What’s the first thing you do when you wake up in the morning? Turn off the alarm clock of your smartphone, turn around and take another 5 minutes to end your dream? Or turn off the alarm clock and note the new email, Skype, WhatsApp, Instagram and Facebook notifications? What’s the last thing you do before you fall asleep? Hug your partner? Or check out the latest news on your mobile phone? Of you have children, we all constantly tell them not to spend so much time in front of their computers and stare on their mobile screens all the time. But if we are honest, we have to confess that we are becoming more and more addicted to our screens as well. And do you know why? Because our phones are slot machines! Yes, they are designed to operate like slot machines! It's all about the notion of 'reward' - let me explain...

Why 'reward' is addictive

Whenever we check our latest notifications, we are driven by the urge to know "What am I going to get next?“. Pulling, scrolling down, swiping left or right to refresh, tapping the red notifications, all that is just like pulling down the hand gear of a slot machine and waiting for the reward – in our case new messages, new fotos, new likes...

I can hear you saying, yes maybe, but I’m not a gamer! I’m not addicted to my phone nor slot machines! Maybe you are not. But the truth is, most people must be, because slot machines make more money in the United States than baseball, movies, and theme parks combined!

And if tech designers want to maximize addictiveness, all they need to do is link a user’s action (like pulling a lever) with a variable reward. You pull a lever and immediately receive either an enticing reward (a match, a prize!) or nothing. Addictiveness is maximized when the rate of reward is most variable.

The above is not all mine. I’m paraphrasing and quoting here an amazing and deeply impressive young man called Tristan Harris. He was previously a Design Ethicist at Google and left the company to lead Time Well Spent, a movement to align technology with our humanity. Time Well Spent aims to transform the race for attention by revealing how technology hijacks our minds, and demonstrating how better incentives and design practices will create a world that helps us spend our time well.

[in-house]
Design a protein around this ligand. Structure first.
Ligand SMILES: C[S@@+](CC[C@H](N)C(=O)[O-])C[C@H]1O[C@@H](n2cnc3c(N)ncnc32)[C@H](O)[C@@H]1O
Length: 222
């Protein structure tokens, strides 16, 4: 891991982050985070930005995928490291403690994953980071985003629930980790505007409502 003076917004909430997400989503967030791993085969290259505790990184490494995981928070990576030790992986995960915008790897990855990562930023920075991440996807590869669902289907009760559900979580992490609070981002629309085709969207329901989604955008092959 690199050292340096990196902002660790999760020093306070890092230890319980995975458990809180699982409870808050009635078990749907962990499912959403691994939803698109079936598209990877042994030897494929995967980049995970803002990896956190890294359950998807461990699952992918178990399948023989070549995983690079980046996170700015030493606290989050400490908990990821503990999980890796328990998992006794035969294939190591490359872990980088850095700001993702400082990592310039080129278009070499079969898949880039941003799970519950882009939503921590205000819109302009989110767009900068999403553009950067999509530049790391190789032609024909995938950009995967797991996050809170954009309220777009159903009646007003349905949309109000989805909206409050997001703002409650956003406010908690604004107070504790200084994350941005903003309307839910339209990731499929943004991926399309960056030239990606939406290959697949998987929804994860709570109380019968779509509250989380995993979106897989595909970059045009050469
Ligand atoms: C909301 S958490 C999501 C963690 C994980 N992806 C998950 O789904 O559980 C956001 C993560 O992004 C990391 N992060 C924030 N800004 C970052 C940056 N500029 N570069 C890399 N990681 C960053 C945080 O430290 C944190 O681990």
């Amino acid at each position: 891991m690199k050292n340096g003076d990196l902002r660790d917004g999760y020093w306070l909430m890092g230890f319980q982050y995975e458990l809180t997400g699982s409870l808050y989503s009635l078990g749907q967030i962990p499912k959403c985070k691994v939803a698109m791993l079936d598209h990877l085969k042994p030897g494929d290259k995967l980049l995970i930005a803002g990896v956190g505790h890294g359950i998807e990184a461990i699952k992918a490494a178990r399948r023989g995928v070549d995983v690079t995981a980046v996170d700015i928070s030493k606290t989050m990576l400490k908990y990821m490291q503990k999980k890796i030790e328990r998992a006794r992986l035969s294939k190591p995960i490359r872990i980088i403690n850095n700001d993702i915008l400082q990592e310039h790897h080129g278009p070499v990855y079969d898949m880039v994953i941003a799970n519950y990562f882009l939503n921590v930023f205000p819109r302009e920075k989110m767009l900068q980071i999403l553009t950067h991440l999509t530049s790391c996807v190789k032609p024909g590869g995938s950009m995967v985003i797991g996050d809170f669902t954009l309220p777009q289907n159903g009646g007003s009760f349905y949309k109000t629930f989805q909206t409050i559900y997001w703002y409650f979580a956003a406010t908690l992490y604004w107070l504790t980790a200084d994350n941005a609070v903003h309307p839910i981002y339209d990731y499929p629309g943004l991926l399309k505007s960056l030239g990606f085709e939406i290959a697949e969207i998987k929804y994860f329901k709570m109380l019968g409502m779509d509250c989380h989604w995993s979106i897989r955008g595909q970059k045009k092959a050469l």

You may wonder how I could be so deeply impressed by his theory and activities while being a creator of mobile device-experiences myself? The reason is because I’m still passionate about the linear stories we created in the old times of pure audio tours on cassette players. They connected the visitor in the purist, most immersive way to the art works around them, enhancing their experience and therefore – in the words of Tristan Harris - making him spend his time well. Also when we started to develop screen-based multimedia tours, we immediately built in directions, that told the visitor to look at his screen only for visual information that deepened his understanding of the artwork in front of him. And even today, when creating games and interactives, they have to be meaningful in a sense that they foster and require an attentive exploration of the original to be played successfully. But the greatest joy for me is seeing the long form audio walks coming back – now combined with invisible sophisticated location aware technology. They respond to the call for more "eyes up“-experiences in the museums, that we observe, support and have successfully introduced at the SFMoMA and, most recently, at the Nelson Atkins Museum in Kansas City.

Location Aware Storytelling is a visitor experience based on automatically triggered content related to the visitor’s location. This allows visitors to keep their eyes up and be more immersed in the experience, the story and the space around them. Interaction with a device is kept to a minimum, visitors can actually put it in their pocket while listening to a well-crafted story that creates a unique and almost cinematic audio experience, in which the soundscapes and narration guide the visitor continuously, while they are walking, actually moving, at their own pace. Visitors can even synchronize their devices, making sure they share the same experience at the same moment. This is technology used not only for a more real and therefore more intense connection to art, but also created for a more human future. And it ticks almost all the boxes of Tristan Harris' design checklist below: